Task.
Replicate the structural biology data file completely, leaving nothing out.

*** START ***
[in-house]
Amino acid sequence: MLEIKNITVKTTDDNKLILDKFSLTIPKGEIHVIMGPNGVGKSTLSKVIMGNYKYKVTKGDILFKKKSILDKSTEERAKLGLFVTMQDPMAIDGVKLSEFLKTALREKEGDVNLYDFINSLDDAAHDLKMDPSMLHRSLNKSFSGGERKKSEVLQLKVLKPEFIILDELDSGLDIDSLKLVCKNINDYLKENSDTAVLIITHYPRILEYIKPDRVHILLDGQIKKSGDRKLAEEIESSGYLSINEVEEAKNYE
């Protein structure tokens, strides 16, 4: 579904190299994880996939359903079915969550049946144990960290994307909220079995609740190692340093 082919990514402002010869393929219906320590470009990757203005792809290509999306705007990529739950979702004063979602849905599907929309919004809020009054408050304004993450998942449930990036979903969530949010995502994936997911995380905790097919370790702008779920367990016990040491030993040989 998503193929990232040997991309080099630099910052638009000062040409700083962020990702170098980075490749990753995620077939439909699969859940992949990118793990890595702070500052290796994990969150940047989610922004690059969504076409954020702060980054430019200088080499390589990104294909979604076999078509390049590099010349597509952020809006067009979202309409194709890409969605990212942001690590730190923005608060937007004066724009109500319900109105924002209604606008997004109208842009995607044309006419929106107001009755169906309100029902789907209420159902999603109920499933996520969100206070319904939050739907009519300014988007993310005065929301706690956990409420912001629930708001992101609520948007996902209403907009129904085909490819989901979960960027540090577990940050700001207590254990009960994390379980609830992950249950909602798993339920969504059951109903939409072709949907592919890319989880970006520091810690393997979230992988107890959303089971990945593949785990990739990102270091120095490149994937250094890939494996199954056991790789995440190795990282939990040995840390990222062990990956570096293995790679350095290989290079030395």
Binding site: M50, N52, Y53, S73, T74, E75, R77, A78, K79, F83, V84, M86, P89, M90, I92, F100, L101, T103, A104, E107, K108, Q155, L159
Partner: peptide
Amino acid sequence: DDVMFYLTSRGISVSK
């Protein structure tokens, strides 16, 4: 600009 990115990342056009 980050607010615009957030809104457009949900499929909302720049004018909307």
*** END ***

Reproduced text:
[in-house]
Amino acid sequence: MLEIKNITVKTTDDNKLILDKFSLTIPKGEIHVIMGPNGVGKSTLSKVIMGNYKYKVTKGDILFKKKSILDKSTEERAKLGLFVTMQDPMAIDGVKLSEFLKTALREKEGDVNLYDFINSLDDAAHDLKMDPSMLHRSLNKSFSGGERKKSEVLQLKVLKPEFIILDELDSGLDIDSLKLVCKNINDYLKENSDTAVLIITHYPRILEYIKPDRVHILLDGQIKKSGDRKLAEEIESSGYLSINEVEEAKNYE
């Protein structure tokens, strides 16, 4: 579904190299994880996939359903079915969550049946144990960290994307909220079995609740190692340093 082919990514402002010869393929219906320590470009990757203005792809290509999306705007990529739950979702004063979602849905599907929309919004809020009054408050304004993450998942449930990036979903969530949010995502994936997911995380905790097919370790702008779920367990016990040491030993040989 998503193929990232040997991309080099630099910052638009000062040409700083962020990702170098980075490749990753995620077939439909699969859940992949990118793990890595702070500052290796994990969150940047989610922004690059969504076409954020702060980054430019200088080499390589990104294909979604076999078509390049590099010349597509952020809006067009979202309409194709890409969605990212942001690590730190923005608060937007004066724009109500319900109105924002209604606008997004109208842009995607044309006419929106107001009755169906309100029902789907209420159902999603109920499933996520969100206070319904939050739907009519300014988007993310005065929301706690956990409420912001629930708001992101609520948007996902209403907009129904085909490819989901979960960027540090577990940050700001207590254990009960994390379980609830992950249950909602798993339920969504059951109903939409072709949907592919890319989880970006520091810690393997979230992988107890959303089971990945593949785990990739990102270091120095490149994937250094890939494996199954056991790789995440190795990282939990040995840390990222062990990956570096293995790679350095290989290079030395």
Binding site: M50, N52, Y53, S73, T74, E75, R77, A78, K79, F83, V84, M86, P89, M90, I92, F100, L101, T103, A104, E107, K108, Q155, L159
Partner: peptide
Amino acid sequence: DDVMFYLTSRGISVSK
């Protein structure tokens, strides 16, 4: 600009 990115990342056009 980050607010615009957030809104457009949900499929909302720049004018909307």